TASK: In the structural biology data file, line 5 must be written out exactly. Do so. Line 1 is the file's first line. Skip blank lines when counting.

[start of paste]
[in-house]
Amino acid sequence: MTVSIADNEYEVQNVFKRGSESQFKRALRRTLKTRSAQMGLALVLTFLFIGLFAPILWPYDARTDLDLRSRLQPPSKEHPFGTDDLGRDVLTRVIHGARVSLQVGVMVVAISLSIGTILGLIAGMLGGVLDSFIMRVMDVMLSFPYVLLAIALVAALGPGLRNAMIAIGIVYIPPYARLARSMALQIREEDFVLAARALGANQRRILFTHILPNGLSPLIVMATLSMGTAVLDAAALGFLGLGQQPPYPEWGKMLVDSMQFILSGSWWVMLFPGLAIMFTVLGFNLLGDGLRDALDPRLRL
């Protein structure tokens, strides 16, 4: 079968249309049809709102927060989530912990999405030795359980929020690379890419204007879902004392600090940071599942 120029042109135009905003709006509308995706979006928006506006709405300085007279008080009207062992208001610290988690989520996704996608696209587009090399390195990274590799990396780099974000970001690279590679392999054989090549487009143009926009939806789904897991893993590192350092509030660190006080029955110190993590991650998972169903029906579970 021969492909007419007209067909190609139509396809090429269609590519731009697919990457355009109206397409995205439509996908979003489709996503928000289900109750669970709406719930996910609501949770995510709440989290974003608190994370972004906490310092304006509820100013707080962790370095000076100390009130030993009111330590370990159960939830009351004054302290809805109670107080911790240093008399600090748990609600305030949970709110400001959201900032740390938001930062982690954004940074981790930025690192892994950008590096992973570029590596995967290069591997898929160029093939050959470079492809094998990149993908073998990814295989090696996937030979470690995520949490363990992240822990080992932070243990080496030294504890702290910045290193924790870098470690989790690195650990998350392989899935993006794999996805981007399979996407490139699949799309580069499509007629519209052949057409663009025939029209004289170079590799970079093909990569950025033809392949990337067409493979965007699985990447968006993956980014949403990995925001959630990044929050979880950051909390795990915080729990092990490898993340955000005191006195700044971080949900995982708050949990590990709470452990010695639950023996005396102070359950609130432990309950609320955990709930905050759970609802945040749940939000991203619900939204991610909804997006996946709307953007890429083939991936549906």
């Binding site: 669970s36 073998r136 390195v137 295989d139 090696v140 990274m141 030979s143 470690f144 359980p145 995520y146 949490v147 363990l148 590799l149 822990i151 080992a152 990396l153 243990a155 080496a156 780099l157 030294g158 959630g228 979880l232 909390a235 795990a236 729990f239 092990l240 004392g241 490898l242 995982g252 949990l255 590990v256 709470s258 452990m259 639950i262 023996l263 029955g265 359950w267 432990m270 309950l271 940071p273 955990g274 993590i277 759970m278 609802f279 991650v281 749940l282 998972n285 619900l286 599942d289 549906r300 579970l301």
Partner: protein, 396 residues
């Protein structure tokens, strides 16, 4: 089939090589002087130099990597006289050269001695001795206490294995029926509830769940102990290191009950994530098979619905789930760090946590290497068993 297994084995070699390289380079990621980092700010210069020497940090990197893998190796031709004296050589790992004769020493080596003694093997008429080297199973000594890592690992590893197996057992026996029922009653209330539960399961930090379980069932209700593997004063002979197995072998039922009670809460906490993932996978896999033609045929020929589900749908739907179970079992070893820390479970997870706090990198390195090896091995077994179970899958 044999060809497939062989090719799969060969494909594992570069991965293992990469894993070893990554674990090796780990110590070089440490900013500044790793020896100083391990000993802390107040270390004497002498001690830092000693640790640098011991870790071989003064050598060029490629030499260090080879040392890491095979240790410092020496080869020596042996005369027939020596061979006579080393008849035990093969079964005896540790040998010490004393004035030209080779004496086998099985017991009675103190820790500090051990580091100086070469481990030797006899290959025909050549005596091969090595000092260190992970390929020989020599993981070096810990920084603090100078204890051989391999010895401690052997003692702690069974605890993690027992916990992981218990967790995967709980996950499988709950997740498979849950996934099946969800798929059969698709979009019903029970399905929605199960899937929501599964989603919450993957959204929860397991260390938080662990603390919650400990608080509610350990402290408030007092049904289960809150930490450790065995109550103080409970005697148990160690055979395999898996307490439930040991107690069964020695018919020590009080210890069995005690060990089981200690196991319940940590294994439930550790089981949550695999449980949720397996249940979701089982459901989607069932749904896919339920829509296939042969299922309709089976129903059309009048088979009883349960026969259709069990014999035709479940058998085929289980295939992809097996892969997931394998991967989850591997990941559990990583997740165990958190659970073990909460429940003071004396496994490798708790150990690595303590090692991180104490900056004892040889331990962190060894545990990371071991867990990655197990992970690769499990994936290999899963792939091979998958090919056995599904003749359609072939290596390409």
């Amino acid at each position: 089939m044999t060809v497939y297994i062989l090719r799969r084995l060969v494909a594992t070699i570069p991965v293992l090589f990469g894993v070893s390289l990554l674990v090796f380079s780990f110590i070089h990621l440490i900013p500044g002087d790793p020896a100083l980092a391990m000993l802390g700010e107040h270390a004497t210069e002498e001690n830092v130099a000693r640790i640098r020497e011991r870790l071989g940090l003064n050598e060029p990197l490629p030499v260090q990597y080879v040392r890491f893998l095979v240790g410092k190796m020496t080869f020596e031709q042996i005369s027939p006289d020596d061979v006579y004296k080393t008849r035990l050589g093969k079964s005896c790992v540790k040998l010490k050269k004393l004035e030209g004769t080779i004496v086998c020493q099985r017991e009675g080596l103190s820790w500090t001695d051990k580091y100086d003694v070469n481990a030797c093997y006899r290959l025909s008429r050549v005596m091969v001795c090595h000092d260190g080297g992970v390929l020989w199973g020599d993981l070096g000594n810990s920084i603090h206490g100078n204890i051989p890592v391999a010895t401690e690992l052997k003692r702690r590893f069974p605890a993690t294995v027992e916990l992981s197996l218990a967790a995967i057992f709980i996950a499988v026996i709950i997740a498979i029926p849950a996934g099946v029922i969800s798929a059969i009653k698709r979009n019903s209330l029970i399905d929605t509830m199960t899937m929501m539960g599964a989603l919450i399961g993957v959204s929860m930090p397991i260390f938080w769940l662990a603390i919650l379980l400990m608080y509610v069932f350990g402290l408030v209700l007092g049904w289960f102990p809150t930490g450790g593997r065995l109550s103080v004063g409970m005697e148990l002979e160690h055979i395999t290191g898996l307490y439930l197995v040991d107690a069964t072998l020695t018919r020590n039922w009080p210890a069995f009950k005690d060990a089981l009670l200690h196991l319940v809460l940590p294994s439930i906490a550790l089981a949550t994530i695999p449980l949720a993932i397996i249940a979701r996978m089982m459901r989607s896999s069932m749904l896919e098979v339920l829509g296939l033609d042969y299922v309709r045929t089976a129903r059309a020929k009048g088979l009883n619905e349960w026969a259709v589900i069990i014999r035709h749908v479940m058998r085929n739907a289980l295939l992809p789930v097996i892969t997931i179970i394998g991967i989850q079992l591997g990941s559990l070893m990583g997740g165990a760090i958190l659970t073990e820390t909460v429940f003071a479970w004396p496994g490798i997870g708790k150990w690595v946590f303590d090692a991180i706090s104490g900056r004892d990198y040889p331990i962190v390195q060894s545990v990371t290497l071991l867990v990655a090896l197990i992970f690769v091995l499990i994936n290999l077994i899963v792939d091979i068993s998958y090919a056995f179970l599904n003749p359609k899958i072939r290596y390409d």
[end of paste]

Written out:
Partner: protein, 396 residues